Omaha daily bee. (Omaha [Neb.]) 187?-1922, January 24, 1918, Image 1

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he Omaha Daily B
VOL. XLVII. NO. 189.
Censorship Hides Dual Empire When Situation Threatens
to Overwhelm Government; Germany's Attitude ,
on Peace Terms Adds to Difficulties: Brit
ish Workingmen Discuss Plans.
(By AiMKiated PrM.)
With more than 1,000,000 workers on strike and wide
spread reports of disorders in Austria and Hungary, the situa
tion in the dual monarchy is beclouded, the censorship having
stifled all news.
The German censorship also has prohibited German news
papers from telling of the situation in Austria.
Efforts of Austrian statesmen to
quiet the hungry people in their de
mand for peace apparently failed of
their purpose and the censorship,
which permitted the promises of the
government's spokesmen, to reach the
outside world, again has resumed its
The trouble is said to be deep
seated and is a mixture of war weari
ness, hunger and anti-Germanism.
Germany Balks at Peace Plans.
Seemingly the one strong hope of
Austrian leaders in quieting the tu
mult is in the success of the negotia
tions at Brest-Litovsk with Russia and
the Ukraine.
The German attitude on occupied
territories has balked the conclusion
of peace with Russia and the central
powers have been unable to agree to
a treaty with the Ukraine.
A peace with the Ukraine would
open the food-producing territory of
little Russia to the Austrians, who
have been refused food by Hungary.
Little news has come from Ger
many on the political situation there,
but it is indicate J that the Austrian
emperor is not unmindful that the
trouble in his own land may force
Emperor William to change his atti
tude oward the peace negotiations. ,
It is reported that further pan-German
attempts to hold meetings in
Germany have been broken up by
peace adherents.
The tefusal on the part of Germany
to give a guarantee of-the evafcuatidn
of occupied territories is emphasized
in a long statement dealing with the
peace negotiations at Brest-Litovsk
issued through the Bolsheviki tele
graph agency.
The statement speculates on the at
titude of. the 'Germans during the ne
. gotiations and adds that the signifi
cance of the pour parlers is that it
stripped the imperialists of their false
pretentions to democratic principles.
Little Fighting at Fronts.
On the fighting fronts the situation
is unchanged. Small raids and spir
ited artillery actions at various points
are the only activities on the western
and Italian fronts.
.mere nave Deen no iuriner rsuiga
"n'an attacks in Macedonia, but in Al
bania the French have repulsed en
emy reconnaissances in the Skumbi
The British labor party opens its
annual conference at Nottingham to
day. Labor's attitude toward the
carrying on of the war and peace
aims will e-e discussed.
The food situation in England,
which has resulted in the ordering of
two meatless days a week by the
food controller, is expected to be the
subject of several resolutions.
n , , . . t .1 T . I
Dodge Pioneer Dead.
Fremont Neb., Jan. 23. (Special Tel
egram.) Wesley Frantz, 69 years of
age, a resident of Dodge county for ov
ra third of a century died at the home
of his son, Archie J., near Ethan, S.
The Weather ,
For Nebraska Fair; colder.
Hourly Temperatures.
Hour. ' Peg.
5 a. m 17
6 a. m IS
7 a. m 32
8 a. m ...28
9 a. m it
19 a. m St
11 a. m 17
12 m 44
1 p. m 46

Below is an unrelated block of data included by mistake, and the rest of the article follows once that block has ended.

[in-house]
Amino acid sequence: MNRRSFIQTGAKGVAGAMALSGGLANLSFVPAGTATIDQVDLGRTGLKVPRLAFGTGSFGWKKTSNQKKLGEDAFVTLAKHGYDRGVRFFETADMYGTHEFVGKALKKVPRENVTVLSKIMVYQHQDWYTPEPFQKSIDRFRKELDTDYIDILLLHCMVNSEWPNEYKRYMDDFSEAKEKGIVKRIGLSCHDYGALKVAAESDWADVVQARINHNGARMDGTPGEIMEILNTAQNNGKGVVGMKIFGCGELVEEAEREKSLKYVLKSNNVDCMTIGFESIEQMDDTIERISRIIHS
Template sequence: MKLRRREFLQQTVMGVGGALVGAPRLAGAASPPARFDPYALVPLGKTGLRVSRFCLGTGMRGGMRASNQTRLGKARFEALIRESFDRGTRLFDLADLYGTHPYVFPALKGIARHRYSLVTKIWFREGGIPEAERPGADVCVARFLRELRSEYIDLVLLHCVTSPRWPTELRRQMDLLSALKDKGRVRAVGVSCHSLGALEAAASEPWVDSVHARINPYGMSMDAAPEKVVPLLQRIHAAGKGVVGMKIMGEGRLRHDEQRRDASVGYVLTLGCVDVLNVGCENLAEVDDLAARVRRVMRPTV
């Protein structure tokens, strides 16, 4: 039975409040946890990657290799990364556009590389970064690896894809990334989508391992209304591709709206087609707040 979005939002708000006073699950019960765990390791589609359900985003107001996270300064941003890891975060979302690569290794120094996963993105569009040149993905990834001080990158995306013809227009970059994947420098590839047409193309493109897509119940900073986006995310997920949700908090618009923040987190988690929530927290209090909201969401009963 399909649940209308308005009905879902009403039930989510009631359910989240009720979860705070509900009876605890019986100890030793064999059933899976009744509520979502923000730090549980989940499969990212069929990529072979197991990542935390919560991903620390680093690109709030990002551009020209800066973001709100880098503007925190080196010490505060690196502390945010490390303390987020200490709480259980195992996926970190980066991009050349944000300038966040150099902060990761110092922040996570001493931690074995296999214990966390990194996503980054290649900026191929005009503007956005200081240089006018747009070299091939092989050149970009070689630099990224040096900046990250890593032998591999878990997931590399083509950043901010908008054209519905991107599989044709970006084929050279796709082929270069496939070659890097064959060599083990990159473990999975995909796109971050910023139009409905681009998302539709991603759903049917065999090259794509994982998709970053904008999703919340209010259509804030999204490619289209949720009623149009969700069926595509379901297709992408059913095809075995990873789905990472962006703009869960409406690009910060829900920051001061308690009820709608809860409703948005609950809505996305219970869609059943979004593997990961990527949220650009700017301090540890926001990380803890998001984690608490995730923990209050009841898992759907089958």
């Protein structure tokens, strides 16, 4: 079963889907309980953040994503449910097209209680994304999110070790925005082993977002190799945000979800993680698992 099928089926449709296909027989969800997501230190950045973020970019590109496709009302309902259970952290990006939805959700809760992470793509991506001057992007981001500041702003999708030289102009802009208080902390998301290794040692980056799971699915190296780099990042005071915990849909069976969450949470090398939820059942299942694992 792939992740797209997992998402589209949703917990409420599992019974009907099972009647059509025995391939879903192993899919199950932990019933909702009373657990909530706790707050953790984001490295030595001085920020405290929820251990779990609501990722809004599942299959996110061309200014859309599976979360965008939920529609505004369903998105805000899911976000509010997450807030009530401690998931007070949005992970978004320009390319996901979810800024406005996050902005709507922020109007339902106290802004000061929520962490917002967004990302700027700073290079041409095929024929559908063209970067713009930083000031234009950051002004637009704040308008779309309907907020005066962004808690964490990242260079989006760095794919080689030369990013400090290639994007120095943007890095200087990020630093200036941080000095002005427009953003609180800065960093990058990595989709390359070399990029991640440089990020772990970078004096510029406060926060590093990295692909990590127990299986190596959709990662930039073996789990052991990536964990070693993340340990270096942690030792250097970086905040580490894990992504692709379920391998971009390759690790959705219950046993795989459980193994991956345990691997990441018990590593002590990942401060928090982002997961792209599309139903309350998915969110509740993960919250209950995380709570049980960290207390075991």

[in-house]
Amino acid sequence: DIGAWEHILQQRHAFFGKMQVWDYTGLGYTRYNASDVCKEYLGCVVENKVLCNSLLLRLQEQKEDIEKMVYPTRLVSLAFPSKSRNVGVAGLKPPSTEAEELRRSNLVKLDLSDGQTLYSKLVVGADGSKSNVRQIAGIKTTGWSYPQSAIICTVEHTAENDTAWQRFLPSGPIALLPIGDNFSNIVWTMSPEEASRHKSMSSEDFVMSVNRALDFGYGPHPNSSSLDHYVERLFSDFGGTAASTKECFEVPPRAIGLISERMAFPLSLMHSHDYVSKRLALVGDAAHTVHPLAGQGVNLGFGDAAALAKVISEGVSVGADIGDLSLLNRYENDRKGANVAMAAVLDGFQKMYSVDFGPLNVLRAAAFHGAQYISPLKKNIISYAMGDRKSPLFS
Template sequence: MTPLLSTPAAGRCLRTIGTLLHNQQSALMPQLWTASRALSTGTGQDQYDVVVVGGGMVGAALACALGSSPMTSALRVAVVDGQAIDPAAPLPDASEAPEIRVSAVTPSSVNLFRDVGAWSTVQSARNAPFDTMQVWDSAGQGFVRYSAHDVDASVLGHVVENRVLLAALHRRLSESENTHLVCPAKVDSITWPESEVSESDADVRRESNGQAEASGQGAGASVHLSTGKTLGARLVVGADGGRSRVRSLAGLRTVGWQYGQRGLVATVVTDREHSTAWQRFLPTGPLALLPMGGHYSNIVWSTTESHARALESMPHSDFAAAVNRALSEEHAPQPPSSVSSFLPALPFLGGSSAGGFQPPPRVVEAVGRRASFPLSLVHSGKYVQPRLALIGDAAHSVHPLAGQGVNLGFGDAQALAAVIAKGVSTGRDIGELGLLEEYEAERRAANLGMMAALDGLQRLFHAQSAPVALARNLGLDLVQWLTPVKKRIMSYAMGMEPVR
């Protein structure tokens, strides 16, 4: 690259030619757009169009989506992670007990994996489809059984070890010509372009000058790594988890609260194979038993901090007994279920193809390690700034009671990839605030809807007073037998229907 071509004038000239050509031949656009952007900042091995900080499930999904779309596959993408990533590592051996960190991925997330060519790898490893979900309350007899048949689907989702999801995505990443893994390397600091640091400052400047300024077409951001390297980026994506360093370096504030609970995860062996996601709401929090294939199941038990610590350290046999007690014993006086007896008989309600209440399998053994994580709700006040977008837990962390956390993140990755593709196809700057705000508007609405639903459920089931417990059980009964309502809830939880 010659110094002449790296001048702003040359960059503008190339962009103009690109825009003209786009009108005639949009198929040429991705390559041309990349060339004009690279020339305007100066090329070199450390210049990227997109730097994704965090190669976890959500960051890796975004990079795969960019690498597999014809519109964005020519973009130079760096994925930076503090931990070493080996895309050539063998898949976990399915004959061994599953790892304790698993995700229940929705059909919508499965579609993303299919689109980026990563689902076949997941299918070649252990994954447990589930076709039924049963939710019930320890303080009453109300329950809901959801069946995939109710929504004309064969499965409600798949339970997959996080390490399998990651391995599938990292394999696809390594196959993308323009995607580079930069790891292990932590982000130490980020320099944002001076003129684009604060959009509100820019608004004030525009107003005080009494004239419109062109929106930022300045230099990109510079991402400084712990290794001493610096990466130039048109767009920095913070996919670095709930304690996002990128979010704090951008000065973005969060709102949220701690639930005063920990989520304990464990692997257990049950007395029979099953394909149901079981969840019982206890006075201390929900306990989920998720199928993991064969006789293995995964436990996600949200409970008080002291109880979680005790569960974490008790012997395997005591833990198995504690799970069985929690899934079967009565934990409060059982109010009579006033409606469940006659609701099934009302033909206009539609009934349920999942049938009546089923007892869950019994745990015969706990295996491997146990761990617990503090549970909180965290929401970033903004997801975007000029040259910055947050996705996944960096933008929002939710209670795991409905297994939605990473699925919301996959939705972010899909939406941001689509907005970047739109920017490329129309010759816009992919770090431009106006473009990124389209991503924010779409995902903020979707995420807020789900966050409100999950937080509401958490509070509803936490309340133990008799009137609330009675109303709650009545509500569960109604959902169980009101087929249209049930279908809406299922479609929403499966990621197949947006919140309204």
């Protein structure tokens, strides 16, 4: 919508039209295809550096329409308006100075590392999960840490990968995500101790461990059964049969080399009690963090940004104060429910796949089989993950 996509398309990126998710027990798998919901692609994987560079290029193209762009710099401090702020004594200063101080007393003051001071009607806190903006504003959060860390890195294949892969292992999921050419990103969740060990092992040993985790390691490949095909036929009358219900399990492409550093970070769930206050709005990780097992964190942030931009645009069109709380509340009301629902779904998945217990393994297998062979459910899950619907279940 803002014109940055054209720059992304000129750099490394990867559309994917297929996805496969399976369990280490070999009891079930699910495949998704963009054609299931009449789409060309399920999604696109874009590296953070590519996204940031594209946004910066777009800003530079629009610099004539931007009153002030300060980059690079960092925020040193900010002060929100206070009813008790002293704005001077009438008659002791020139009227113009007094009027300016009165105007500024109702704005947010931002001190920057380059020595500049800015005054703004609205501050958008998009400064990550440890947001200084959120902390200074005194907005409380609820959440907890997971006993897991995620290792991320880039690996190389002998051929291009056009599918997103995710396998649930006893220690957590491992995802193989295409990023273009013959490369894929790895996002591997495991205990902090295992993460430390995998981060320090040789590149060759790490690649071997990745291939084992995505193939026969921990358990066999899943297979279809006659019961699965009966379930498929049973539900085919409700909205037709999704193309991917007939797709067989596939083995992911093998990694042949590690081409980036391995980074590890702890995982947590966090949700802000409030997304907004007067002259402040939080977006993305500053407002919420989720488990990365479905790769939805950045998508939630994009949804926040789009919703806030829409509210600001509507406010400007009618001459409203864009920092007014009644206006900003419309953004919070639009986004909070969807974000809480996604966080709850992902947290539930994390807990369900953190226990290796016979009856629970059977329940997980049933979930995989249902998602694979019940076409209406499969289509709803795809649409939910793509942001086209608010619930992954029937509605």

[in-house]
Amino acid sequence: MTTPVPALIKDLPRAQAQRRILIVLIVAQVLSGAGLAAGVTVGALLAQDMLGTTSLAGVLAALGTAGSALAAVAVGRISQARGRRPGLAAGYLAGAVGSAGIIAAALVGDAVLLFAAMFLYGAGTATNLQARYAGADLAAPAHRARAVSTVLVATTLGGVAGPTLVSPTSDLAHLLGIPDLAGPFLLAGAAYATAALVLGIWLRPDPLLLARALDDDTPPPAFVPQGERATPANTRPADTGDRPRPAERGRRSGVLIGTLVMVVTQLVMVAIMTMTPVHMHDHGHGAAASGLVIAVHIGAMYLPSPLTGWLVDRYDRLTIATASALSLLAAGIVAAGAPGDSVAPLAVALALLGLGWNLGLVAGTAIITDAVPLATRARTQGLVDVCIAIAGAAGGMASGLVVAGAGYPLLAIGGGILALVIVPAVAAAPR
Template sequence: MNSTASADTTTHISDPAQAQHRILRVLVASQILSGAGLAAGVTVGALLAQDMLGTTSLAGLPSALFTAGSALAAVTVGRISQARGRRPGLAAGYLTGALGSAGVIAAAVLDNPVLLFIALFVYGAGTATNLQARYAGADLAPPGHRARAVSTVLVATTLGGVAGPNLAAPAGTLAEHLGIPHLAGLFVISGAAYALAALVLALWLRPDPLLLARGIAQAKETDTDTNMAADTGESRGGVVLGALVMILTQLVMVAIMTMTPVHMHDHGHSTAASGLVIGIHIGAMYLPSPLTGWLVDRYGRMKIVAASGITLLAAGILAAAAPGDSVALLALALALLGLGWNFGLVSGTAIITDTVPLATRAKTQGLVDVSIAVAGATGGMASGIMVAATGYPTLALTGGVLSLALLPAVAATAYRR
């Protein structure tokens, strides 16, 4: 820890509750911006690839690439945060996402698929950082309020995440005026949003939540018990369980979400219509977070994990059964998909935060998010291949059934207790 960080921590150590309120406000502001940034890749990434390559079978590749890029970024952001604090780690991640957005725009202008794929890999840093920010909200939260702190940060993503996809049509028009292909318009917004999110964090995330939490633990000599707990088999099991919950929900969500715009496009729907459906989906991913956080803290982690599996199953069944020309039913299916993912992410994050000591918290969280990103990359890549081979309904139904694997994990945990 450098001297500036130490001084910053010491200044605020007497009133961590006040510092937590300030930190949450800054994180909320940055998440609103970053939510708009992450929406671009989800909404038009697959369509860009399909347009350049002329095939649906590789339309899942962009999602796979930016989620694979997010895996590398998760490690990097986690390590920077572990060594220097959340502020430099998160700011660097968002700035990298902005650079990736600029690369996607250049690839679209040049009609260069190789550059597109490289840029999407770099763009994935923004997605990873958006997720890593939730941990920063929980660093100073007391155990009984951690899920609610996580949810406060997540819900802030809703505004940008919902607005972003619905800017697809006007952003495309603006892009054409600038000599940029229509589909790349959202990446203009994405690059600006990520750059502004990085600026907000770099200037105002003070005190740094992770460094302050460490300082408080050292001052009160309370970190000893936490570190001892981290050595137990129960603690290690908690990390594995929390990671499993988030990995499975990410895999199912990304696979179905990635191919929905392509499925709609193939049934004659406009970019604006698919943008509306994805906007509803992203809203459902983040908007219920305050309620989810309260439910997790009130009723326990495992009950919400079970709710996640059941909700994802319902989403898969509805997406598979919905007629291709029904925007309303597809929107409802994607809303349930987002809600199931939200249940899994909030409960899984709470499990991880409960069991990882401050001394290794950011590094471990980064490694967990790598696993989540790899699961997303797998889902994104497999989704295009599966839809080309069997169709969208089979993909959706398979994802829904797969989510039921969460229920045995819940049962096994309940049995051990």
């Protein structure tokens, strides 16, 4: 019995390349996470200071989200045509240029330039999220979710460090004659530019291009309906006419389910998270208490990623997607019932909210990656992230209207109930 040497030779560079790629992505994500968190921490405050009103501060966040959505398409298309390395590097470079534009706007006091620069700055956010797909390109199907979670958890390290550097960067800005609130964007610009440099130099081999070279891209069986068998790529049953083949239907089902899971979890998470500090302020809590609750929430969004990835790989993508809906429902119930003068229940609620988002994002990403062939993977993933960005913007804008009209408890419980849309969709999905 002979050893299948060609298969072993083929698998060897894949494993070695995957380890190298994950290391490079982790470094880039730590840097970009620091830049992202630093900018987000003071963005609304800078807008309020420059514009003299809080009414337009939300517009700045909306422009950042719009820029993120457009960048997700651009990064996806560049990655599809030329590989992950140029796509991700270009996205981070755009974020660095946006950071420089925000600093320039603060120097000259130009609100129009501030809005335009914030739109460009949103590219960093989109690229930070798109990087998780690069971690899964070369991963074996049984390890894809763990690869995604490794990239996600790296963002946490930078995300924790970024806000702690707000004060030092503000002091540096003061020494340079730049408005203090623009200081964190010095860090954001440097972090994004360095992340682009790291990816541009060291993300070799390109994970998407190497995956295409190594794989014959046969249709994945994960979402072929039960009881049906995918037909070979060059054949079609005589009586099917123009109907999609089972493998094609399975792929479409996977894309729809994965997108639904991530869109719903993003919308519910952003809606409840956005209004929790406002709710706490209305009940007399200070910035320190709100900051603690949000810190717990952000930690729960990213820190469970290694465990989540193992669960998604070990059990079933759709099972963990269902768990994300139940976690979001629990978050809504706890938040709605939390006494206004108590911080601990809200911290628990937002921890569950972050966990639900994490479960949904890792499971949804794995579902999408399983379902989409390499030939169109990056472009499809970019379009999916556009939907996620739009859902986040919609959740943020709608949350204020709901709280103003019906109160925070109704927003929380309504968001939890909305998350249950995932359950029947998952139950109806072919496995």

3 p. m ..42
3 p. m 43
4 p. m 43
6 p. m 42
6 p. m 41
7 p. m 40
8 p. m .... 39
Comparative Record.
1918. 1917. 1918. 1915.
Highest yesterday.... 46 28 61 5
Lowest yesterday 16 6 35 7
Mean temperature.... 31 17 43 1
freclpttatioD 0 0 0 0
Temperature and precipitation departures
om the normal:
Normal temperature 20
Excess for the day 11
Total de?clency since March 1 013
Normal precipitation 01 Inch
Deficiency for the day 01 Inch
Total precipitation 1ne Mar. 1 22.11 Inches
Deficiency since March 1 7.63 Inches
Deficiency for cor. period, 1918 12.46 inches
Deficiency for cor. period, 1916.. 1.76 inches
Be ports From Stations at 1 1f. M.
Station and State Temp. - High- Ealn-
of Weather. 7 p. m. est. fall.
Cheyenne, clear 26
Davenport, cloudy 3
Denver, clear 33
Des Moines, cloudy 40
Dodge City.
clear 38
Cinder, clear 30
orth Platte, clear 34
Dmaha, cloudy 44
.'ueblo, clear 3C
Rapid City, clear .38
.'alt Lake City, pt cloudy 34
Santa Fe, clear 30
Sheridan, clear 26
Sioux City, cloudy 32
Valentine, clear 34
indicate below zero.
T Indicates trace of precipitation.
I A. WELSH. Meteorologist.
Asserts Universal Short Work
ing Hours Preferable to Pres
ent Spasmodic Suspension
of Industries.
Indianapolis, Ind., Jan. 23. A uni
versal seven-hour day during the
period of the war, instead cf present
spasmodic suspension of industries by
fuel administration to conserve toal
and relieve railroad congestion, was
suggested today by Samuel Gorapers,
president of the American Federation
of Labor, in a speech to the conven
tion of the United Mine Workers.
Mr. Gompers' speech to the miners
was regarded as labor's message to
the country on the action of the fuel
administration.' . . ' ' ;.
tie pretacea nis declaration tor a
seven-hour day with a' defense of
those in high governmental station
who may have made mistakes. They
are promoted, he said, by the patriotic
purposes to win the war and to think
that the great transition from, peace
to war could be made without mistakes-was
asking the impossible.
Continuing; he said:
' "The order issued a few days ago
I regard as an absolute necessity. You
know there is now a discussion to
repeal or modify the Sherman anti
trust law.
No Excuses for Railroads.
"I am not going to offer any ex
cuses for the railroads; they have
been lax so long, but the Sherman
law forbade them to do what now the
director general of the railroads has
the right to do.
"The jam had occurred and was in
creasing and something had to be
done to relieve the situation. If the
ice king has interfered there can be
no help for that.
"I think there is one mistake in the
making, and I trust it will be changed
or modified.
"I refer to the closing of the indus
trial and commercial plants of our
country one additional day each week.
I think it is a mistake to have a whole
day such as Mon'day idle and involv
ing from Saturday tfternoon until
Tuesday morning. I believe if the
order were changed so that instead